While 4K video goes all the way up to 60p, this does invoke a crop (though the oversampled 4K 30p and FullHD 120p are uncropped), and there’s only a single memory card slot.

Still, given everything else it offers for such a low price, this is both the best cheap sports camera and the best beginner sports camera you can get right now. It’s time to give this camera the respect it deserves!

✅ You need maximum speed: Firing 120 full-resolution frames every second, nothing can match the A9 III!

✅ You want to sync flash at any speed: The global shutter has many benefits, not least the total liberation of flash.

❌ You need maximum sensitivity: The global shutter limits ISO to 250-25600 (expandable to 125-51200 for stills).

❌ You don’t like correcting color: Sony’s color science often requires fixing in post to achieve accurate tones.

🔎 Sony A9 III There has never been a camera like this. For sheer speed, it leaves every other camera in the dust – you’ll never miss a moment with the A9 III. ★★★★★

The Sony A9 III is an absolute monster. If raw speed is what you need, then look no further – because this camera is an absolute Gatling gun, rattling off 120 frames every second. And unlike the Nikon Z8 / Z9, that’s 120 full-size frames in both RAW and JPEG.

This is thanks to the game-changing global shutter sensor, with instant full-sensor readout that eliminates rolling shutter and banding – something that’s increasingly relevant, in a sporting world that uses so much LED illumination – and also enables you to sync with flash at any speed.

The A9 III boasts a dedicated AI processor to power its predictive autofocus system, which 90% of the time is incredibly effective – though it’s not quite as reliable as Canon’s AF, occasionally losing subjects that “zig” when it expects them to “zag”.

The only real downsides to the camera are the more limited sensitivity of ISO250-25600 (expandable to 125-51200 for stills), which is a compromise of global shutter technology, as well as Sony’s color science that often needs repairing in post-production – especially if artificial light has been used.

Otherwise, this is a camera that literally doesn’t miss a moment of the action. If you’re an elite sports stills shooter, this is the most elite camera that exists.

✅ You want the best AF: Canon’s Dual Pixel II Autofocus is simply the best I’ve ever used, bar none.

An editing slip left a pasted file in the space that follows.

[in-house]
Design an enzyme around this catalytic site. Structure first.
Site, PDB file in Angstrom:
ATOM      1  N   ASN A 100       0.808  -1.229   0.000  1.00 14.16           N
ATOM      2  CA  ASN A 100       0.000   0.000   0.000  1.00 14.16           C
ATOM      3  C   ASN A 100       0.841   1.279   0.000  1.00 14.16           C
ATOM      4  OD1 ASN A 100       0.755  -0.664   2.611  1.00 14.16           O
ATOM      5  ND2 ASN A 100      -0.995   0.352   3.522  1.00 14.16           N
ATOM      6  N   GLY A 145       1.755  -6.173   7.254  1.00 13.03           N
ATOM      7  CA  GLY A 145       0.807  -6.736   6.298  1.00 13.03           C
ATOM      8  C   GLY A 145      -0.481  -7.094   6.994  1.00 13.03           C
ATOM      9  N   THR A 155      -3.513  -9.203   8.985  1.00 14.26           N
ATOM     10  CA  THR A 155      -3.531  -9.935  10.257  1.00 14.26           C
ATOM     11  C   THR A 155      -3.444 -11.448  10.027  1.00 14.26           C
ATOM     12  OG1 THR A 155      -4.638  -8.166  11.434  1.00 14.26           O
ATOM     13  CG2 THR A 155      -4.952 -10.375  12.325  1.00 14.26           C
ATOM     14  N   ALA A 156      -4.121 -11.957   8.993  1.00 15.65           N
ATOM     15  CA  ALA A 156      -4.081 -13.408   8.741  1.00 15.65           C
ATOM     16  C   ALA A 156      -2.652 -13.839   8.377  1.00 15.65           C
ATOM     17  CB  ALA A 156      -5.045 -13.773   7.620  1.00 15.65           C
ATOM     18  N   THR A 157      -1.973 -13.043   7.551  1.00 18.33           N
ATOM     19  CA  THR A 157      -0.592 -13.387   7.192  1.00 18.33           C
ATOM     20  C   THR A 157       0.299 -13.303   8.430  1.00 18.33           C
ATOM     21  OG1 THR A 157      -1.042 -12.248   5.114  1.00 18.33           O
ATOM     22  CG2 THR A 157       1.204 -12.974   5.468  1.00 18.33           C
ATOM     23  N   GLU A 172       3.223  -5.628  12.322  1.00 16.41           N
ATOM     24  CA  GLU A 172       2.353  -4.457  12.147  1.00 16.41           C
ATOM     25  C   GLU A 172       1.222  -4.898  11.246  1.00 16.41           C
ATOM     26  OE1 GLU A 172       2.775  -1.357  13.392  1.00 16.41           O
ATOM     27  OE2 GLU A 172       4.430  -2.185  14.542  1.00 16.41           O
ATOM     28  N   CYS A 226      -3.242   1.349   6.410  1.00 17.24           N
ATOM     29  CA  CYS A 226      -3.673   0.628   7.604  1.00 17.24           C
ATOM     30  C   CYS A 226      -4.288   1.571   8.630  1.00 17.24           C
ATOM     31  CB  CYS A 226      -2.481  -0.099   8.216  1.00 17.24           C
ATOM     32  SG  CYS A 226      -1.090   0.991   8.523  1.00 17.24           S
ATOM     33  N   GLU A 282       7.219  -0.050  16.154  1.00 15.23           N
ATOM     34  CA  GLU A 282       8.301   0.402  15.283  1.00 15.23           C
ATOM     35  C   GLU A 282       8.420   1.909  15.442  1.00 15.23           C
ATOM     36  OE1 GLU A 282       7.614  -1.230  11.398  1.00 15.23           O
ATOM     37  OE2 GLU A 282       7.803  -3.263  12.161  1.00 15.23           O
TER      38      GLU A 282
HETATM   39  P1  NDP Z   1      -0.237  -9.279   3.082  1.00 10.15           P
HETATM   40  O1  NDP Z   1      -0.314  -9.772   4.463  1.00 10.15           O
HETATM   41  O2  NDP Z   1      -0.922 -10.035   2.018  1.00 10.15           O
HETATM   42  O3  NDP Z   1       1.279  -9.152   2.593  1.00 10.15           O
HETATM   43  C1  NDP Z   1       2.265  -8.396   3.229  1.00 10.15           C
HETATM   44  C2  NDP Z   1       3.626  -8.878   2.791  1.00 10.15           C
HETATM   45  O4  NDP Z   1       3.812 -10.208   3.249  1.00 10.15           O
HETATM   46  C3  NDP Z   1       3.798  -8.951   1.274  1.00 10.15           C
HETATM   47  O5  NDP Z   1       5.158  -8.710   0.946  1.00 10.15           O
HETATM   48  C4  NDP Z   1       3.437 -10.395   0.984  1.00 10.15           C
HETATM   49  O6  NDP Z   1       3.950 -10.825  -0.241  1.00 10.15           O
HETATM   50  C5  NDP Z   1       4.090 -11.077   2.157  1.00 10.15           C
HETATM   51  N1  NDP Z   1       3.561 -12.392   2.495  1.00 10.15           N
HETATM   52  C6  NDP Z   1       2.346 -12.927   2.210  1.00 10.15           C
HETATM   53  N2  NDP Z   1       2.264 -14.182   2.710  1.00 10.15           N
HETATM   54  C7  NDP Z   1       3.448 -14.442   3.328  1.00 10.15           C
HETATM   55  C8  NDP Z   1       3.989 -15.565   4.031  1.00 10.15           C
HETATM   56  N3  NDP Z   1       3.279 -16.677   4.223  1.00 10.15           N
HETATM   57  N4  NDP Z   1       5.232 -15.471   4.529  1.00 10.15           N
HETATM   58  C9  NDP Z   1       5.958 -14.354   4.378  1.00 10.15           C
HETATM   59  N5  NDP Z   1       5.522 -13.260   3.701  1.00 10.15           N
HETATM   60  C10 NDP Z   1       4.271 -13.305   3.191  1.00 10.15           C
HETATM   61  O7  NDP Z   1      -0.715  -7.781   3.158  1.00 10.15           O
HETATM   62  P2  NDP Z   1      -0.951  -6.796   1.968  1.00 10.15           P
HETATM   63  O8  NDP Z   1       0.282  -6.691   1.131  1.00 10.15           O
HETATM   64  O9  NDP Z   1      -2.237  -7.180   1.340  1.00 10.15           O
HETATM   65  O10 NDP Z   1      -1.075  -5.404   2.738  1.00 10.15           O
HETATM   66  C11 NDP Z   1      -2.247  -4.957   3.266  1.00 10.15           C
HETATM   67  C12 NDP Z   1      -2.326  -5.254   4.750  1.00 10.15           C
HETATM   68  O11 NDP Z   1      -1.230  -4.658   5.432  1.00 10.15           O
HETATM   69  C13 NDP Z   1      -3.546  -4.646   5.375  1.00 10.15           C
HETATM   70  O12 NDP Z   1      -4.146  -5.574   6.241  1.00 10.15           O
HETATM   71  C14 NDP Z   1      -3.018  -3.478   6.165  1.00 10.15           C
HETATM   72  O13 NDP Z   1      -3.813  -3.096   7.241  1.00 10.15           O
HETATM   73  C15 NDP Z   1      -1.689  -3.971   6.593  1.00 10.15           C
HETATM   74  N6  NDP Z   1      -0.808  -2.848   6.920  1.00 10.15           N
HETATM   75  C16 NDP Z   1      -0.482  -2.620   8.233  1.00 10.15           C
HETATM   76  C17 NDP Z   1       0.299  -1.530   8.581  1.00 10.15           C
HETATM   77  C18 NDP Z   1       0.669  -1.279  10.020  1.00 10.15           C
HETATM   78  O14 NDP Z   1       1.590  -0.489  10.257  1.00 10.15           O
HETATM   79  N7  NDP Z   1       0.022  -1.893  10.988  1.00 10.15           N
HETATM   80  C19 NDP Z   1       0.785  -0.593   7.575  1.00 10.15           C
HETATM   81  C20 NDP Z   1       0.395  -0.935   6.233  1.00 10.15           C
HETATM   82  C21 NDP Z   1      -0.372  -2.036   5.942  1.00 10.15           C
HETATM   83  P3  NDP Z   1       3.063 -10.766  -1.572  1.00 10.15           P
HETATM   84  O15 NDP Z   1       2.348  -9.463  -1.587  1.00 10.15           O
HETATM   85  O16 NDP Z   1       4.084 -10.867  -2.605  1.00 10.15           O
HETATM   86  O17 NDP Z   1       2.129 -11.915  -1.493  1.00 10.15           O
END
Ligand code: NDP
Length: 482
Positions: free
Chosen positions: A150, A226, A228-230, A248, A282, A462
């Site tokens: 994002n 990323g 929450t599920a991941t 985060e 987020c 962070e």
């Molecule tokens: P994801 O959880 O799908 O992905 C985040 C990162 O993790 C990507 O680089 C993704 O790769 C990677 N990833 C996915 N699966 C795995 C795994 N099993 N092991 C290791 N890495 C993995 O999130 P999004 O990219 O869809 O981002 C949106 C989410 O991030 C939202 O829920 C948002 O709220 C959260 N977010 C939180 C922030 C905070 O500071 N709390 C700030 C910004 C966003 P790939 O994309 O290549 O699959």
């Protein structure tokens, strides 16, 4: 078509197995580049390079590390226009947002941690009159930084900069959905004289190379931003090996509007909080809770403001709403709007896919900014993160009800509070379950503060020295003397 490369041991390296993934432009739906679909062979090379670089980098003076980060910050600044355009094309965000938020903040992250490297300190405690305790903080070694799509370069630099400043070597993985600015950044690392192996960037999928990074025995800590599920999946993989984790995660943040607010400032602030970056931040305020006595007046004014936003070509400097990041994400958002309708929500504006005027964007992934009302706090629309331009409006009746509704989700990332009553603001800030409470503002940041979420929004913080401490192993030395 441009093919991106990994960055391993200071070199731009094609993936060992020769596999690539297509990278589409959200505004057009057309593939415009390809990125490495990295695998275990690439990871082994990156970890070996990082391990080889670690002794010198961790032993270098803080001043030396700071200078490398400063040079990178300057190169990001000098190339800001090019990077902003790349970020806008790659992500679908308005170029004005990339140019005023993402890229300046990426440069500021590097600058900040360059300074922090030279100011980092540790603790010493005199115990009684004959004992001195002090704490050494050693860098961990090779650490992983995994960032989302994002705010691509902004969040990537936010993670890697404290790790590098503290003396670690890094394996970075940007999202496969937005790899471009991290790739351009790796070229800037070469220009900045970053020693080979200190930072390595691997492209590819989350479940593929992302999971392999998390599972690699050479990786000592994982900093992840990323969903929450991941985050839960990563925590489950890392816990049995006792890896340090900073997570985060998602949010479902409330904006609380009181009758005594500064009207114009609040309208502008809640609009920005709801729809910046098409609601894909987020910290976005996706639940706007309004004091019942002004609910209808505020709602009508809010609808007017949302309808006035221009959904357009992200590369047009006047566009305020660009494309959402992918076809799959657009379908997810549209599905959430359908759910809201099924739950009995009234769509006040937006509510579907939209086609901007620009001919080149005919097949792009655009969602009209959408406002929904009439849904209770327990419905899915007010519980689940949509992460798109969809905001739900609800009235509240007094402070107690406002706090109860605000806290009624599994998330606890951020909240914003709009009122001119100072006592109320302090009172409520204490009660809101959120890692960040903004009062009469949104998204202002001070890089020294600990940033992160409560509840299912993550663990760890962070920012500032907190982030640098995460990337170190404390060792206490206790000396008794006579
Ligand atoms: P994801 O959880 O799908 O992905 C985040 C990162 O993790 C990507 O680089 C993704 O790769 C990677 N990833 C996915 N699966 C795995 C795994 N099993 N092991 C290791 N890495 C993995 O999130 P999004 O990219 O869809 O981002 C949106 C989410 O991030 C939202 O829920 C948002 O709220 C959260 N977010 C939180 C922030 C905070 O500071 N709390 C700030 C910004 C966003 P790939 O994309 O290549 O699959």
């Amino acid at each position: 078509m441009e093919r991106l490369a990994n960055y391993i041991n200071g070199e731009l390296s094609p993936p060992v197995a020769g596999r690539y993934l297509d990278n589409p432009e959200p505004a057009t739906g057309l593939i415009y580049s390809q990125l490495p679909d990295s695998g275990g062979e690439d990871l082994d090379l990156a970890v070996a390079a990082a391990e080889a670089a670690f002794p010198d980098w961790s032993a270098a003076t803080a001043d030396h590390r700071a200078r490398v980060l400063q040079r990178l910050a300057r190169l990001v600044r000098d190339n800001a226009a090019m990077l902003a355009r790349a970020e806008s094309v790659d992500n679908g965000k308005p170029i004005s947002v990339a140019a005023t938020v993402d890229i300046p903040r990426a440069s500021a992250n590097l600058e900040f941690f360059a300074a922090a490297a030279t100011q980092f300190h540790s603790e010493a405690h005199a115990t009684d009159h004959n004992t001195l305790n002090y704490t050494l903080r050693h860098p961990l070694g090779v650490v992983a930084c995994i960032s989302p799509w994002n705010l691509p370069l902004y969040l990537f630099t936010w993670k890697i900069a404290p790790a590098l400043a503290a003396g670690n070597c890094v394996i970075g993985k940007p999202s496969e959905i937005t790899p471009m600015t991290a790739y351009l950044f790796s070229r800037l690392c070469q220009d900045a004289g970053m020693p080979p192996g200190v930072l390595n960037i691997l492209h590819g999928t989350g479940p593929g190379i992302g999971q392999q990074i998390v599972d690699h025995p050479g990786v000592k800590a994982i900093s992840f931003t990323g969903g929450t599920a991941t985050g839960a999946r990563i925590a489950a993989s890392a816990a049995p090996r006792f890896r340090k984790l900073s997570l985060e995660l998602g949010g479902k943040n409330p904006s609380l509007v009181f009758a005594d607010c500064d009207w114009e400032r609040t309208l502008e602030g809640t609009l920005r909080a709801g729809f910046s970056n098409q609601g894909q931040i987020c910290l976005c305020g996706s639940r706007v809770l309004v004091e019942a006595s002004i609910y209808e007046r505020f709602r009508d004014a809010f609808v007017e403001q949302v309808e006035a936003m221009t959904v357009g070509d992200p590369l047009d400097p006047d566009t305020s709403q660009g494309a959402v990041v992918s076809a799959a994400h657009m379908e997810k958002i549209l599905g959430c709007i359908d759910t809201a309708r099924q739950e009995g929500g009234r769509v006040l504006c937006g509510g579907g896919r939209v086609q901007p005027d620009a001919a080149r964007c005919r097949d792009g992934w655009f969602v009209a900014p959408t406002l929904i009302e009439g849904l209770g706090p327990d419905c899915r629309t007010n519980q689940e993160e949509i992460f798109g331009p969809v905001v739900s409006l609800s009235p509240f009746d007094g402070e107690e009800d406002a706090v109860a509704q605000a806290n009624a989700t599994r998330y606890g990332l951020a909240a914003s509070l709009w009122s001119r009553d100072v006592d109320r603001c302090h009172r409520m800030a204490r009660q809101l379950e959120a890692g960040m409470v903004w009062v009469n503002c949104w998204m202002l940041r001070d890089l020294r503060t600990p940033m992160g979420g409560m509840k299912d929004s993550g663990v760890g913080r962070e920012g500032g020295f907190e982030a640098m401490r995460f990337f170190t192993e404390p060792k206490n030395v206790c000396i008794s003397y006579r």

✅ You want the best stabilization: At up to 8 stops, the astonishing image stabilization on the R3 can’t be beaten.

❌ You want a clear strength: The A9 III is faster, and the Z8 / Z9 are higher resolution. The R3 is without a strong suit.

❌ You want the best lens selection: Canon licensing means there are no third-party AF lenses for the RF mount.

🔎 Canon EOS R3 The most feature-packed camera on this list, this ultra-compact and capable system is ideal for unlocking your creativity. ★★★★½

Until the R1 materializes, the Canon EOS R3 is the manufacturer’s de facto flagship camera.

It boasts 6K RAW video, 30fps continuous shooting (RAW and JPEG), and remarkable Eye Control AF – which enables you to move focus points simply by looking at your subject (yes, it really does work – even for me, wearing glasses!).

On top of that, I love the benefits of Canon’s best-in-the-business autofocus, best-in-class 8 stops (lens dependent) of in-body image stabilization system, and one of my personal favorite things is that the R3 is the only mirrorless flagship with a fully articulating touchscreen – which is just as important for stills as it is for video.

The R3 also blows away its rivals when it comes to dynamic range as well as noise at higher ISOs – something that can be crucial, as sport is often shot in less-than-ideal lighting conditions.

That’s possible due to the 24.1MP sensor, which eschews the pixel count of the Z8 / Z9 in favor of less but bigger photosites – providing better per-pixel performance. I would also argue that 24MP is the sweet spot for shooting sport, especially at super-fast frame-rates, otherwise you end up with enormous storage strain.